Part 3 – Prostatectomy: Rehabilitation Assessment and Treatment Considerations
Part 2 – Rehabilitation Assessment and Treatment Considerations
Recovery from a radical prostatectomy is a considerable challenge for many men. Treatment is multidisciplinary, typically primarily through the urologist with medications and the physical therapist with physical interventions. This article provides basic guidelines for the rehabilitation process.
As with all patients, obtaining the baseline is essential. On the first visit it is important to find out how the patient’s life is affected. Below are items that should be queried and details that are important to obtain about the items.
Incontinence- Determine if they are already using a pad and how many pads they use throughout the day. Determine when they leak (i.e. only with certain movements, at night, throughout the day, etc.).
Erectile function- This is important regardless of sexual activity, but also understanding their sexual activity goals so you can measure progress in ways that are important to him. Questions should be asked about any erectile function. Either ask verbally or have them fill out the Erectile Hardness Scale which grades the quality on a 4-item scale. Also ask about whether any erectile activity is happening while sleeping.
The objective examination may need to look at a number of things. The following is a sample of items that should be evaluated:
Functional movement limitations- Gross limitations in movement that would affect any functional goals. These findings may or may not be related to the surgery.
Hip strength- Hip flexion, abduction, adduction, extension, internal, and external rotation strength can all affect pelvic function.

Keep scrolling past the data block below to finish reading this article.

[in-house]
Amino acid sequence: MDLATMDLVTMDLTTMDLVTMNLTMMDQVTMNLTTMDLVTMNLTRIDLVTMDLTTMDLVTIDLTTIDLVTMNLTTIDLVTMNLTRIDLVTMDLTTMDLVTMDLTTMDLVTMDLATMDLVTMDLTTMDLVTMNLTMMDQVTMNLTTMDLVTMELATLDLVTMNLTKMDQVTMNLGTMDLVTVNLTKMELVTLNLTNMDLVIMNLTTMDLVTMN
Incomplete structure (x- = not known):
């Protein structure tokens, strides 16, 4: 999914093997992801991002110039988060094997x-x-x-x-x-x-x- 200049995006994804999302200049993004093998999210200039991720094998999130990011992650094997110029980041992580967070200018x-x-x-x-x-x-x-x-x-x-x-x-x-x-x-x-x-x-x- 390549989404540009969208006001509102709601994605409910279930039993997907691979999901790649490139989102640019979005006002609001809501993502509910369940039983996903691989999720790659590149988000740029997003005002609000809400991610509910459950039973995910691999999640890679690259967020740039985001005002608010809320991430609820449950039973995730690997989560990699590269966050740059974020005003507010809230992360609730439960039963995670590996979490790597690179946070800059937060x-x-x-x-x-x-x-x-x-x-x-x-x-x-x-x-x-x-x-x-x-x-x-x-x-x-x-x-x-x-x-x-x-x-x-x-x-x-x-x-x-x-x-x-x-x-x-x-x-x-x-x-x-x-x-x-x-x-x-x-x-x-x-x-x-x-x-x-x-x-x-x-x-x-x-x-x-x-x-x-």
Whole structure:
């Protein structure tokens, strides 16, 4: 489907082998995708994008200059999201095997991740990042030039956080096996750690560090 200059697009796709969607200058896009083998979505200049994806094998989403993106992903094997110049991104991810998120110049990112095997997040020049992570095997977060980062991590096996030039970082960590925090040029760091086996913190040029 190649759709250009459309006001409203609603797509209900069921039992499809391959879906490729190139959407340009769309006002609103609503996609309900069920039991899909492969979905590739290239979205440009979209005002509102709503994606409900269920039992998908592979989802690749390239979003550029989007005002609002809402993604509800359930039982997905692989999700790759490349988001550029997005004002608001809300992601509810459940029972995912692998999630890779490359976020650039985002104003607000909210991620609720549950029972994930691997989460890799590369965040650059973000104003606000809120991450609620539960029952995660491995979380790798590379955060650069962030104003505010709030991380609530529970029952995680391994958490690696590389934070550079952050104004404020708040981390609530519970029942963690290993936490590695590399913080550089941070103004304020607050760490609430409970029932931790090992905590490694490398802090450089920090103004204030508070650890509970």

Pelvic floor function- This is essential to evaluate which can be measured either with ultrasound imaging or intrarectally. Time frame to perform a digital rectal exam should be cleared by the surgeon since it depends on the quality of tissue which is affected by the type of surgery and whether radiation was performed or not.
As with all conditions, treatment should be based on findings. Below are common options:
Pelvic floor muscle training- Pelvic floor contractions (commonly called Kegel’s) should be able to be coordinated with breathing and endurance holds should also be trained.
Hip exercises- Resisted hip exercises, particularly rotational movements is important to train and strengthen.
Erectile function- Obtaining erections is important for improving blood flow and improving strength. Vacuum erection devices (aka penis pumps) are just one way to obtain erections. Medication is sometimes used as well, but discussion with the urologist is essential as some do not want to use medication up to 6 months post-prostatectomy.
In this three part series a patient’s experience with a radical prostatectomy is reviewed, what occurs during surgery, and rehabilitation after surgery. The key to treatment for this population, as with all patients, is to personalize care and to address not only the biomedical aspects, but the psychological and social aspects of their life as well.
Goldstein, I. et al. “The erection hardness score and its relationship to successful sexual intercourse.” The journal of sexual medicine 5 10 (2008): 2374-80 .
Jordre, Becca, and William Schweinle. “Comparing resisted hip rotation with pelvic floor muscle training in women with stress urinary incontinence: a pilot study.” Journal of Women’s Health Physical Therapy 38.2 (2014): 81-89.
Bratu O, Oprea I, Marcu D, et al. Erectile dysfunction post-radical prostatectomy – a challenge for both patient and physician. J Med Life. 2017;10(1):13-18.
Author: Nick Rainey, PT, DPT
Author Bio: Dr. Nick Rainey, PT, DPT is an Academy of Pelvic Health Physical Therapy member who is Board-Certified Clinical Specialist in Orthopaedic Physical Therapy. He is the owner of Rainey Pain & Performance, P.C., co-founder- Functional Pain Management Society. Nick is a Fellow of the American Academy of Orthopaedic Manual Physical Therapy and Certified Cervical & Temporomandibular Therapist (CCTT) by the Physical Therapy Board of Craniofacial & Cervical Therapeutics (ptbcct.org). He is a Certified Strength and Conditioning Specialist and has competed in the USA Weightlifting Sports Performance Coach Level 1.